“ Hence he commences with the declaration that all is vanity;! which is not to be understood as implying any censure upon the works of creation, for God does nothing in vain, every thing being properly adapted to its end, and excellently fitted to display the power, wisdom, and goodness of the Almighty. Yet when the things of this world are applied to improper purposes ; when they are considered as the end, while they are only intended to be the means ; and are rested in as the source of happiness which they were not designed to afford, vanity is discovered to be their character; that which is most excellent becomes useless, if not injurious, by the abuse ; and the works of Omnipotence, however wise and good in themselves, are unprofitable to those who misuse and pervert them. It were a kind of blasphemy to vilify whatever has proceeded from Omniscient Power; and Solomon can only be supposed to pronounce all things here below vain, when they are applied to a wrong use, by the ignorance and wickedness of man. Nor does he so denominate all things universally and without any exception, but only all earthly things, as wealth, pleasure, pomp, luxury, power, and whatever is merely human and terrestrial. If these are placed in competition with divine and heavenly things, or are foolishly regarded as the means of real happiness, they become useless and unprofitable, because they are uncertain and transitory, never fully satisfying the desires of the soul, nor producing permanent felicity.

“If worldly things are vain in these respects, it would, nevertheless, be presumption and impiety to represent them as actually bad. They are good in themselves, and, when rightly used, tend only to good, since they contribute to the enjoyment of life, and, in an eminent degree, to the ultimate and real interest of man.

But if they are pursued as the only “portion in this life,' as constituting the happiness of beings formed for immortality, they are not estimated on right principles, and the result will be vexation and disappointment. Their vanity, then, arises from the folly and baseness of men, who, in forgetfulness of eternity, are too apt to regard this world as their sole and final abode, and to expect that satisfaction from them which they cannot give. Nor are they to be condemned on this account. That they are insufficient to render man happy is itself the ordination of Infinite Wisdom, and, consequently, best suited to a probationary state ; wisely calculated for the trial of man's virtue, and, by weaning him from too fond attachment to things on earth, to stimulate his desires and exertions after the blessedness of another life.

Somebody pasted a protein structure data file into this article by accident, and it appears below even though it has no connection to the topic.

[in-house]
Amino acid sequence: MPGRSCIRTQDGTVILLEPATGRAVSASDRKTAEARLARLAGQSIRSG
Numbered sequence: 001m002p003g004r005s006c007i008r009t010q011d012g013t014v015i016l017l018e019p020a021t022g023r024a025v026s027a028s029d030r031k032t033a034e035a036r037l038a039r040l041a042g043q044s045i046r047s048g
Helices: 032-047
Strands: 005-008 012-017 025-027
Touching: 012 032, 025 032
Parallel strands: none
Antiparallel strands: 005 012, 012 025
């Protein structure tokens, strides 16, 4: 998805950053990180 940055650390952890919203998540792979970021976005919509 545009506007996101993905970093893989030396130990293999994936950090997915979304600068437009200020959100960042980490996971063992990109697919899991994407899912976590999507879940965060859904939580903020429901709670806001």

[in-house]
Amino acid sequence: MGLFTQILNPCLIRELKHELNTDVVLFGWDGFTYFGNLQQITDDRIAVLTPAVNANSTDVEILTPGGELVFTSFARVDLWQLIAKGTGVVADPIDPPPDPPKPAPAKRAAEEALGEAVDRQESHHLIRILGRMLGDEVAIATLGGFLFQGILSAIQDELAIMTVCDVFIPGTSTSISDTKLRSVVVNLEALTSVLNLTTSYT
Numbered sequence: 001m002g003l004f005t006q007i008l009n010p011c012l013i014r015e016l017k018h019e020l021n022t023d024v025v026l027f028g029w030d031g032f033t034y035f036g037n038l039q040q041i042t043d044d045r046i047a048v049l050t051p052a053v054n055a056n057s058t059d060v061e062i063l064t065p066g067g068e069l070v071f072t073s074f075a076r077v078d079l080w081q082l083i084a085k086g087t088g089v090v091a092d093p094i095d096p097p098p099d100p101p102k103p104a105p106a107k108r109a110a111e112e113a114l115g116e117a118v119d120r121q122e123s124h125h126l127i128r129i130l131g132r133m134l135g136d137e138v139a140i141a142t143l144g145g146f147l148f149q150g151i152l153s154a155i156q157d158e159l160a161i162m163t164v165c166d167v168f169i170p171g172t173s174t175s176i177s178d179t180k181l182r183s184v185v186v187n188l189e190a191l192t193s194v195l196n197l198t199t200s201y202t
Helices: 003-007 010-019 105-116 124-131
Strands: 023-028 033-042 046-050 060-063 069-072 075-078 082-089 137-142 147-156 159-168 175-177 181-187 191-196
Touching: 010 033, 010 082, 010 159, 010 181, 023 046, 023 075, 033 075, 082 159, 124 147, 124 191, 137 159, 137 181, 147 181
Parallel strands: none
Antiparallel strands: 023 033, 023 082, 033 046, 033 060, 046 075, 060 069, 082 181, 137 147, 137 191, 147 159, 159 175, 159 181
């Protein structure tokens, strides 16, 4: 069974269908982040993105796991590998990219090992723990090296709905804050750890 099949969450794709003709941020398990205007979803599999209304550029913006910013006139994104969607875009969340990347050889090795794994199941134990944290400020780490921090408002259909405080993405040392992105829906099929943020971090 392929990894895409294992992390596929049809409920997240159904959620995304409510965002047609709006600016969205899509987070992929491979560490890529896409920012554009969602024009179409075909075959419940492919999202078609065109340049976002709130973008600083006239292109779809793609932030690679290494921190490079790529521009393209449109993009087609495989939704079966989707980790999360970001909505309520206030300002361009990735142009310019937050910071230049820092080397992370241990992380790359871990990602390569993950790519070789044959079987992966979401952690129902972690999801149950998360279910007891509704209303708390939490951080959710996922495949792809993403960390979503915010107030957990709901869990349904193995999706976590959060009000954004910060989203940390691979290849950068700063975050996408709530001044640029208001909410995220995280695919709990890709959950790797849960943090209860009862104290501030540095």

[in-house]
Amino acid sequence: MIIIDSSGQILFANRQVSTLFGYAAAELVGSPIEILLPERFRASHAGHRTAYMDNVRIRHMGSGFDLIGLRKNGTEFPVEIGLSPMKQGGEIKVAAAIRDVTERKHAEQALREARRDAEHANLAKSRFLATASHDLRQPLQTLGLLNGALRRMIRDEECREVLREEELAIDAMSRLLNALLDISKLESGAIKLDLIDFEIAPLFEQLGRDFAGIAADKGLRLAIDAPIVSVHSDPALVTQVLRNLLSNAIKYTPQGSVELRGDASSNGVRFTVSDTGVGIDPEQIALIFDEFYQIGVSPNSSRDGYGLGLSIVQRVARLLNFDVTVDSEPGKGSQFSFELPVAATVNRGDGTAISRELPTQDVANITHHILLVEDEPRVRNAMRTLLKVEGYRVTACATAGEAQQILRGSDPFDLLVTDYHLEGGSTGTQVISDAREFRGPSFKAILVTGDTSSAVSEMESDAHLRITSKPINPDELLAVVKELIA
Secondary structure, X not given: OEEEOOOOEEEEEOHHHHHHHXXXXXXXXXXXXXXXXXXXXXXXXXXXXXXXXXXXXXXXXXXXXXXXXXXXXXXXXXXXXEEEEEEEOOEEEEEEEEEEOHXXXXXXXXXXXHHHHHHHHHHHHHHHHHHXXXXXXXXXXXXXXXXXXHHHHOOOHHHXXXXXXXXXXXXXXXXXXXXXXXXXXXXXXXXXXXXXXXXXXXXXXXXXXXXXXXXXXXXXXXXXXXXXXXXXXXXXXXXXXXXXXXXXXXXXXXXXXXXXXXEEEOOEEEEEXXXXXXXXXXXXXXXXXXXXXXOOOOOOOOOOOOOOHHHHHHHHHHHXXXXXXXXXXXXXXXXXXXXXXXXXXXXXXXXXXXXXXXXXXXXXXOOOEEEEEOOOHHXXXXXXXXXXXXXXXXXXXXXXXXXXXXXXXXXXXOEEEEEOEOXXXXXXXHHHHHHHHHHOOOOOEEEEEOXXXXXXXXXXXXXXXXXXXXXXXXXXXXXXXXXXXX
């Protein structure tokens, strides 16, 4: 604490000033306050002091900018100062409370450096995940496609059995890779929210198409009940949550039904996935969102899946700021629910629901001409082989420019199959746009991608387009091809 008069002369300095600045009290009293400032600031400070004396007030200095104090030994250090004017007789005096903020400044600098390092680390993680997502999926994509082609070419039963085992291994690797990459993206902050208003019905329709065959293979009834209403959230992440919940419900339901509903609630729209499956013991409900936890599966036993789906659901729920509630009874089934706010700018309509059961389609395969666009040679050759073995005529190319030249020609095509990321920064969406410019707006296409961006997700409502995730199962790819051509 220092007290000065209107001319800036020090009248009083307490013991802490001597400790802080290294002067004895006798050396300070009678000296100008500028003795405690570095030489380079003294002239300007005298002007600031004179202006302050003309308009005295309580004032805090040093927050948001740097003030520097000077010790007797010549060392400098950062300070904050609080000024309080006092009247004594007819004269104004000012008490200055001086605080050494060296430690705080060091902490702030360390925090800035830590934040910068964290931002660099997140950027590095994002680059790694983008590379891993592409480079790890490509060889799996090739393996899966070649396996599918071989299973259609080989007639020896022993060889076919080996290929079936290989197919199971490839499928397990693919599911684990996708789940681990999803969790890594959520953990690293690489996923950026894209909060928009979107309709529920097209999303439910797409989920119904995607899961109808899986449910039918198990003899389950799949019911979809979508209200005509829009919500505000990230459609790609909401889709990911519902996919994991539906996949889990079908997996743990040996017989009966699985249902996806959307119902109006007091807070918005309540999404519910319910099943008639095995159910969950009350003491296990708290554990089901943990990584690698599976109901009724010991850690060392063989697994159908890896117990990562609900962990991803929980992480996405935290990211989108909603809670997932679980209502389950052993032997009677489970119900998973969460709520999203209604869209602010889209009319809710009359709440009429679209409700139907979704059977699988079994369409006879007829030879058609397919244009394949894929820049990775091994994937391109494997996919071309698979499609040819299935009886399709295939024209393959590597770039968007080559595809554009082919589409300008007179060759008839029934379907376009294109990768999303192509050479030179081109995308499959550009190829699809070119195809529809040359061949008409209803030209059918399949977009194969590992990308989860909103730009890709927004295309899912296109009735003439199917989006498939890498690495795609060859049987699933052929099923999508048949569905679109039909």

“ In prosecuting his inquiry into the Chief Good, Solomon has divided his work into two parts. The first, which extends to the tenth verse of the sixth chapter, is taken up in demonstrating the vanity of all earthly conditions, occupations, and pleasures; the second part, which includes the remainder of the book, is occupied in eulogising Wisdom, and in describing its nature, its excellence, its beneficial effects. This division, indeed, is not adhered to throughout with logical accuracy; some deviations from strict method are allowable in a popular discourse ; and the author occasionally diverges to topics incidentally suggested; but, amidst these digressions, the distinctions of the two parts cannot escape the attentive reader. It is not the manner of the sacred writers to form their discourses in a regular series of deductions and concatenated arguments : they adopt a species of composition, less logical indeed, but better adapted to common capacities, in which the subject is still kept in view, though not handled according to the rules of dialectics. Even St. Paul, whose reasoning powers are unquestionable, frequently digresses from his subject, breaks off abruptly in the middle of his argument, and departs from the strictness of order and arrangement. In the same way has the royal Preacher treated the subject; not with exact, philosophical method, but in a free and popular manner, giving an uncontrolled range to his capacious intellect, and suffering himself to be borne along by the exuberance of his thoughts and the vehemence of his feelings. But, though the methodical disposition of his ideas is occasionally interrupted, his plan is still discernible ; and perhaps he never wanders more from his principal object than most of the other writers in the Sacred Volume."